Wednesday, August 2, 2017


“The thought of a hot bowl of soup is comforting, especially during the winter months.  But before you crack open a can, consider this.  Volunteers in a study were divided into two groups.  Both ate soup for five days, one from cans and the other from fresh ingredients.  BPA levels measured in the urine at the end of the study were 12 times higher in the canned soup group.  BPA has been linked to diabetes, heart diseases, and cancer.”  
           -- from The Gene Therapy Plan: Taking Control of Your Genetic Destiny with Diet and Lifestyle by Mitchell L. Gaynor, M.D.

Recently I posted a picture on social media of lentil soup I made in the Growing Healthy Kids Test Kitchen.  I believe that all kids need to know how to prepare a  great plant-based soup.  It turns out all adults need to know, too.  Many of you asked for the recipe, so, as promised, I am delivering it to you. 

Cubed butternut squash

I have a love affair with lentils and other legumes.  Lentils are one of the most perfect foods on the planet.  One-half cup of cooked green lentils contains about 140 calories, 12 grams of protein, about 9 grams of dietary fiber (which fills you up quite nicely), and they are super easy to cook.  They are incredibly AFFORDABLE for any budget!  I cook a pot of lentils most Sundays to use during the week.  Some of my favorite things to make with lentils are vegetable lentil soup, veggie burgers, dal, lentil tacos, and on salads for work. 

Rainbow carrots can be diced or shredded for lentil soup.

There are so many things you can do with lentil soup:  add purple potatoes, use rainbow carrots, add spinach or kale, top with pesto or garnish with some fresh parsley or cilantro from your garden.  Have fun making this recipe one of your family's favorites! 

 GROWING HEALTHY KIDS:  Our Recipe Collection

In a medium saucepan, bring to a boil:
¼ cup green lentils (or use a combination of green and French lentils)
1 cup water

Cover, turn down to simmer and cook 15-20 minutes until lentils are soft.  Set aside.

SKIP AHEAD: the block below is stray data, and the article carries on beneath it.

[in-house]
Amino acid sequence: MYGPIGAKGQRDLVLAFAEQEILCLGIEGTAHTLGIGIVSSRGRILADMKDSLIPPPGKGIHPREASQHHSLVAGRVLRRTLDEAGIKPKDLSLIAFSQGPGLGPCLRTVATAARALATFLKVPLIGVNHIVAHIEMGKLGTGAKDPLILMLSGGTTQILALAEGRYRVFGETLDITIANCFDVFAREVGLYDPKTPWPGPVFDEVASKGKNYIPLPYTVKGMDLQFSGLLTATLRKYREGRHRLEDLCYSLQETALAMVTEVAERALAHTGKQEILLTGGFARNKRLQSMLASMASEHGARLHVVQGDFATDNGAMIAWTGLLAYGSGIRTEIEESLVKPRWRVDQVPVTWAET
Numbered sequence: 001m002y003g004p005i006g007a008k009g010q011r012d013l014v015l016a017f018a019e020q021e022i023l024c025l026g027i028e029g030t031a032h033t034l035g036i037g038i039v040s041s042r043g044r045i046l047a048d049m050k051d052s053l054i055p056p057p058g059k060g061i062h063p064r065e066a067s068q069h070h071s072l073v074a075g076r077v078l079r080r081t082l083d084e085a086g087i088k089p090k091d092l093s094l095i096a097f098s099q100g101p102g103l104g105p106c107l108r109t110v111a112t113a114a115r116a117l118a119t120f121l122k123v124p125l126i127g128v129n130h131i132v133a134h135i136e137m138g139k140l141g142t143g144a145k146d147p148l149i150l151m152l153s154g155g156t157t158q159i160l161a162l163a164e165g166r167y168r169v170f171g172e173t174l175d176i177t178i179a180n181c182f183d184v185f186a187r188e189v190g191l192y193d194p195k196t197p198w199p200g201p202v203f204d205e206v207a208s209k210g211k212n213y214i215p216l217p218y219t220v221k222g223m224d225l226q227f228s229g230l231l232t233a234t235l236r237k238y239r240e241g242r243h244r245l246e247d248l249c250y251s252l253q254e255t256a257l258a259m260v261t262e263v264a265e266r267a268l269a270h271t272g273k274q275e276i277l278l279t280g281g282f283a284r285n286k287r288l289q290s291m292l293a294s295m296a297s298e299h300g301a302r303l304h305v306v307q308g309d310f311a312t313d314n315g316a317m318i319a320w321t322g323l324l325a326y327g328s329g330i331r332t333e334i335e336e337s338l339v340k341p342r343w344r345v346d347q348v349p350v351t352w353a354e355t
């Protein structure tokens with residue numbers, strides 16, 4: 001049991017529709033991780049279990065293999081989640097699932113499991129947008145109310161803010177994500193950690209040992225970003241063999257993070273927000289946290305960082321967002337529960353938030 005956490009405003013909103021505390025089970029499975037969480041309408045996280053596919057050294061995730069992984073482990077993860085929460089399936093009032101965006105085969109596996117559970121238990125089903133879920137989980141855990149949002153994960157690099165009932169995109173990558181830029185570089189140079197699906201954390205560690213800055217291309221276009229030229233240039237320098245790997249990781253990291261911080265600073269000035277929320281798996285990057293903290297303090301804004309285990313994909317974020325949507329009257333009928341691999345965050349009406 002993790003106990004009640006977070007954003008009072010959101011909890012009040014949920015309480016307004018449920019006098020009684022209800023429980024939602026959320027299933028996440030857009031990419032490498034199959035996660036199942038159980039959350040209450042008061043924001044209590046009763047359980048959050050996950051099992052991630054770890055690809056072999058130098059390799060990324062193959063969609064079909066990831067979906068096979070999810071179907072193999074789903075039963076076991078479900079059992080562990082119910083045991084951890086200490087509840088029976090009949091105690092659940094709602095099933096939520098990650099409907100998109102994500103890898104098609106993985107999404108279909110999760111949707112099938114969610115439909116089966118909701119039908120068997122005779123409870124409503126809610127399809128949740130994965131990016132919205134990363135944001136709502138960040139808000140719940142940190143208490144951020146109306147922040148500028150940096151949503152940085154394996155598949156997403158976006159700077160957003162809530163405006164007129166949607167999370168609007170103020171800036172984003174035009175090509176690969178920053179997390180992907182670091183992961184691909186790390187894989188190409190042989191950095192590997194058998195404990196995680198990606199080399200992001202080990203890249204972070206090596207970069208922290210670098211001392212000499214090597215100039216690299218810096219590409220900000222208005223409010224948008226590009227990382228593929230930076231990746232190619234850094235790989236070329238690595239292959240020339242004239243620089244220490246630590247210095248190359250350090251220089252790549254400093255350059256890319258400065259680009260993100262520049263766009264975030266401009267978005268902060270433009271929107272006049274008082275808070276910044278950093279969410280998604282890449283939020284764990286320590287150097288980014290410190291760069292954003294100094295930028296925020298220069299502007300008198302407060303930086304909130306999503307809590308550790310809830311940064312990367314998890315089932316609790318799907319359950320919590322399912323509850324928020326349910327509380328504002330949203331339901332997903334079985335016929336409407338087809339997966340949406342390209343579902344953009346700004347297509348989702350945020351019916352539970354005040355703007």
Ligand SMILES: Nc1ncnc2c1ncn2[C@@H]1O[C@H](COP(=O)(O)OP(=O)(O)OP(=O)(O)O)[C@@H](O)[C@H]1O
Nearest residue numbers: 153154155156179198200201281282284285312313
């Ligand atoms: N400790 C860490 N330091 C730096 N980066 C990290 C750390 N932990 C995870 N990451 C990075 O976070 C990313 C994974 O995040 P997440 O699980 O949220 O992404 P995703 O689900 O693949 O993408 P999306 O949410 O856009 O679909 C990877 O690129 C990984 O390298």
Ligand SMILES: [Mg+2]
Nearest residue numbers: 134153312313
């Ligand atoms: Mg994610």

In another medium pan, saute for 5 minutes:
2 Tablespoons olive oil
½ cup sweet onion, finely diced
1 carrot, thinly sliced
2 stalks of celery, thinly sliced
1-2 cloves garlic, minced

Mix together in a small stainless steel bowl and let sit for 5 minutes:
1 Tablespoon olive oil
1 Tablespoon fresh turmeric, finely grated (use gloves or else you’ll be wearing the orange!  If  you don’t have a source for fresh turmeric, then use dried)
1/8 teaspoon fresh ground black pepper (TIP:  Adding black pepper releases curcumin, the active anti-inflammatory ingredient in turmeric.)

Add turmeric to the vegetables.  

3-4 cups water (or half water and half low sodium V8 juice)
1 Tablespoon white miso (available at most health food stores)
1 bay leaf
1 cup cubed butternut squash 
1 teaspoon dried basil
1 teaspoon dried oregano
½ teaspoon coriander
½ teaspoon celery seed
2 teaspoons tomato paste (TIP:  When I have sun-dried tomatoes on hand, which is almost always, I blend some to create my own richly flavored tomato paste.)

Cover and cook on low for ½ hour. 

Puree about ¾ of the cooked lentils (I use a blender stick because it is convenient and easy to clean up).   Add all the lentils to the soup pot.   Remove bay leaf.  Cook for a few more minutes, then serve.  Add Bragg Liquid Aminos to flavor as needed. 

TIP:  Add a 2” square of kombu (dried seaweed) while cooking the lentils.  This adds minerals and flavor.  Remove kombu when lentils are cooked. 

Once you experience the flavor of homemade vegetable lentil soup, you will never buy a can of soup again!  If you do buy foods in cans, only buy cans marked as “BPA-free” (refer to the quote by Dr. Gaynor at the top of this article). 

Preventing diabetes, heart disease, and obesity in children is important.  There are so many environmental factors that can influence the development - or the prevention - of diseases.  The choices we make matter.  Eating foods full of fiber matters.  Eating fruits and vegetables that are the colors of the rainbow matters.  Choosing to avoid foods from cans made with BPA matters.  (BPA stands for Bisphenol A, a chemical used to harden plastic containers and the linings of canned foods and drinks.  There is evidence that it can disrupt hormones of children, affect the brain and behavior of infants and young children, and may be be linked to diabetes, obesity, and ADHD.)  

I, for one, choose to eat lots of lentils and to be BPA-free.  How about you? 

With love and gratitude,
Nancy L. Heinrich, MPH
Founder, Growing Healthy Kids, Inc. 

PS - For more great lentil recipes, go to